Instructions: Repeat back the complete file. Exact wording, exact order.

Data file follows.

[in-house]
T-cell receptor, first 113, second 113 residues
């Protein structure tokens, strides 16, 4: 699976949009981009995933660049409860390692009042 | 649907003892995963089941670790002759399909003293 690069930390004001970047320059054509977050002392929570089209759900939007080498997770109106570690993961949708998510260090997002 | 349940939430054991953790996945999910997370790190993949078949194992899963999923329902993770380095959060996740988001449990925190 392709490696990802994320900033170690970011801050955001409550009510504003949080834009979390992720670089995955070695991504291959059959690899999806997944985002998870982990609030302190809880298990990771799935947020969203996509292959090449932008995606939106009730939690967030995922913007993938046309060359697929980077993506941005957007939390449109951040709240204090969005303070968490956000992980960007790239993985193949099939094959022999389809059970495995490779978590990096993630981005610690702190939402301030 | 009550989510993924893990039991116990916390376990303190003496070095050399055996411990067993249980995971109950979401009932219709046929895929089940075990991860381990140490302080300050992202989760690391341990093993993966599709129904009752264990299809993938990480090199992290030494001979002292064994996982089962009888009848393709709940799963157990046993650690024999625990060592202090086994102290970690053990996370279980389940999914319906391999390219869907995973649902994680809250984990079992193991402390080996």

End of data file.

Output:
[in-house]
T-cell receptor, first 113, second 113 residues
């Protein structure tokens, strides 16, 4: 699976949009981009995933660049409860390692009042 | 649907003892995963089941670790002759399909003293 690069930390004001970047320059054509977050002392929570089209759900939007080498997770109106570690993961949708998510260090997002 | 349940939430054991953790996945999910997370790190993949078949194992899963999923329902993770380095959060996740988001449990925190 392709490696990802994320900033170690970011801050955001409550009510504003949080834009979390992720670089995955070695991504291959059959690899999806997944985002998870982990609030302190809880298990990771799935947020969203996509292959090449932008995606939106009730939690967030995922913007993938046309060359697929980077993506941005957007939390449109951040709240204090969005303070968490956000992980960007790239993985193949099939094959022999389809059970495995490779978590990096993630981005610690702190939402301030 | 009550989510993924893990039991116990916390376990303190003496070095050399055996411990067993249980995971109950979401009932219709046929895929089940075990991860381990140490302080300050992202989760690391341990093993993966599709129904009752264990299809993938990480090199992290030494001979002292064994996982089962009888009848393709709940799963157990046993650690024999625990060592202090086994102290970690053990996370279980389940999914319906391999390219869907995973649902994680809250984990079992193991402390080996």